During the COVID-19 shutdown, Clearly donated 1,000 safety glasses to the Vancouver Coastal Health network, and later donated 60,000 face shields to the Canadian Federal Government.
J. C. Williams Group Expert Comment
Clearly streamlines the process of purchasing glasses. Purchasing glasses from a physical store requires multiple trips (at least one to pick glasses out, and one to pick them up once they are ready). With Clearly, there is only one step to purchasing, and when your purchase means a pair for someone in need (at no cost to you), buying glasses online is a no brainer.
The Hilles brothers started Canadian Tire as a tire company in Toronto, 1922. They introduced an innovation that delighted generations of Toronto shoppers: clerks on roller skates who raced to fill orders.
Since then, Canadian Tire has expanded its assortment and spread to 1,700 retail locations across Canada and has become a staple in the Canadian retail landscape.
In 2003, Canadian Tire introduced the now widespread store layout, which groups products by categories; Driving, Playing, Living, and Fixing, so even entering a new location feels familiar and welcoming.
In 1999, the Canadian Tire Foundation for Families (now Canadian Tire Jumpstart Charities) was launched to provide help to families in need. It has donated more than $28 million. In 2005 when it became Canadian Tire Jumpstart Charities, it shifted its focus to help kids in financial need participate in sports and recreation. 2015 marked the one millionth kid helped by this program. In 2017, Canadian Tire committed $50 million over five years to help Canadian children with disabilities access sport and play.
Canadian Tire has set a goal to reduce emissions by 22% by 2022. Here are initiatives included in reaching that goal:
- In 2017, Canadian Tire partnered with Canadian Pacific Railway to develop North America’s first 60-foot intermodal carrier.
- Monitoring packaging using the Structural Packaging Test, which reduces the amount of packaging needed to minimize damage.
- In 2017, Canadian Tire initialized a program to retrofit its stores with LED lighting, which should reduce each store’s current lighting usage of 30%-50%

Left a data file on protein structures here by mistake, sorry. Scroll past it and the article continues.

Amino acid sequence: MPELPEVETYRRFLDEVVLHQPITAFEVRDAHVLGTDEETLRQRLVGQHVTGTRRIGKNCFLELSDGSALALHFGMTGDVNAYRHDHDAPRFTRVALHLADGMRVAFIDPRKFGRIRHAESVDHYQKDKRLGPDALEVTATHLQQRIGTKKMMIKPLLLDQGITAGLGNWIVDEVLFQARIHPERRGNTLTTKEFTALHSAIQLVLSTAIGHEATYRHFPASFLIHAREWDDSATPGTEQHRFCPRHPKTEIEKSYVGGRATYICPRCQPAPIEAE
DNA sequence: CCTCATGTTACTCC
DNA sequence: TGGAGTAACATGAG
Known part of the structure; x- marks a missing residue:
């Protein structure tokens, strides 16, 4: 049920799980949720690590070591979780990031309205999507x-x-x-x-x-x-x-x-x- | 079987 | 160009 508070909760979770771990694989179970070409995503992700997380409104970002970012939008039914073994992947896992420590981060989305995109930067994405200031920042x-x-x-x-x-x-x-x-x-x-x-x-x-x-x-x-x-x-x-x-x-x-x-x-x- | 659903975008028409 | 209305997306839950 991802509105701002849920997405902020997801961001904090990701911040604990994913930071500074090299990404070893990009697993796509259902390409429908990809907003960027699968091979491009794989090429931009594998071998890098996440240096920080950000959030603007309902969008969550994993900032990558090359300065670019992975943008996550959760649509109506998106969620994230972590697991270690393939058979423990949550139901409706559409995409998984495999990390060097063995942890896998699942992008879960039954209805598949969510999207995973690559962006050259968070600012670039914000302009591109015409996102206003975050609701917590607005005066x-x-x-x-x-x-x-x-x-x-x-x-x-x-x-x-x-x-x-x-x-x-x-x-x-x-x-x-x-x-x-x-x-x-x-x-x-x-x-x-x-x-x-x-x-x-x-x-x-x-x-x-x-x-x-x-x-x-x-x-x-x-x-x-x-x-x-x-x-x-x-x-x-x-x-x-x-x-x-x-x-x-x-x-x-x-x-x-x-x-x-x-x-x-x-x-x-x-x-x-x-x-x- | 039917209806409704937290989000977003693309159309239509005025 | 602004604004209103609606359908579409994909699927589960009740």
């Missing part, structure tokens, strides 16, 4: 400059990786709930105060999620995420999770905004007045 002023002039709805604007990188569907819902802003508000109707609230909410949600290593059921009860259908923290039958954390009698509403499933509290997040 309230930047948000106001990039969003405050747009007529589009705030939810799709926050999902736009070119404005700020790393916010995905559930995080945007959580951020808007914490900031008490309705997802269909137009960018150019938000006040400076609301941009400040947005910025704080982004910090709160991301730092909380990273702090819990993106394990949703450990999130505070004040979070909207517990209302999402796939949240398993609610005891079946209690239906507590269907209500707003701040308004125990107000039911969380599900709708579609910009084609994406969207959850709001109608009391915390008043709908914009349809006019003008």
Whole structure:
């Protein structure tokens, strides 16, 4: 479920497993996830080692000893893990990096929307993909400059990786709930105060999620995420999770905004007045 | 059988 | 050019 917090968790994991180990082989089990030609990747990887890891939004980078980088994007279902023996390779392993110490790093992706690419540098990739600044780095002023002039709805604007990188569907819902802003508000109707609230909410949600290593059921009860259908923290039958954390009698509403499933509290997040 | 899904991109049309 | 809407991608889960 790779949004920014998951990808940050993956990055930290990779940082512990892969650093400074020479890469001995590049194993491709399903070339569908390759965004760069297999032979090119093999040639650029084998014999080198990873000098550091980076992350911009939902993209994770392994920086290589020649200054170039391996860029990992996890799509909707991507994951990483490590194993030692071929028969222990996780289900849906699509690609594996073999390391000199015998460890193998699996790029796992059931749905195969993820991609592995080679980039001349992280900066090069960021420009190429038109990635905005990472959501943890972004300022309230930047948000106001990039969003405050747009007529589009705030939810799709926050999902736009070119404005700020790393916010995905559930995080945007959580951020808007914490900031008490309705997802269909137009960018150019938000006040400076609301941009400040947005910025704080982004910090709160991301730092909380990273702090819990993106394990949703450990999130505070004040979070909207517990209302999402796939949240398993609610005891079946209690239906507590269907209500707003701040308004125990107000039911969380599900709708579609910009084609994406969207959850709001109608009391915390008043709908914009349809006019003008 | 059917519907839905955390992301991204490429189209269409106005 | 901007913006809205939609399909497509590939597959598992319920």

- Their Bolton Distribution Centre was awarded the LEED Gold certification, which recognizes sustainable building. In particular, this location includes a remediation and storm water management system and drought tolerant landscaping.
Donated $5 million to Canada’s frontline workers, $1M to Canadian Red Cross, $1M to United Way Centraide Canada, and $3M in personal protective equipment.
Associate Dealers under the Canadian Tire banner have donated 160,000 masks, 164,000 pairs of gloves, and 20,000 litres of hand sanitizer to local hospitals and nursing homes in need.
Sales of the N95 and ASTM certified masks were halted so the product could be redirected to frontline healthcare workers.
J. C. Williams Group Expert Comment
The individual stores are encouraged to act as community beacons, lending their space and position in town centres for services such as motorboat and fishing license kiosks or welcoming volunteers of the Red Cross to collect donations at the doors. The company’s branding, private labels, and community programs all speak to a Canadian-only experience. The Canadian consumer can feel like an afterthought to brands that arrive from outside the country, so Canadian Tire has applied its branding appropriately to emphasize Canadian lifestyles. A trip to Canadian Tire is an experience passed on through generations.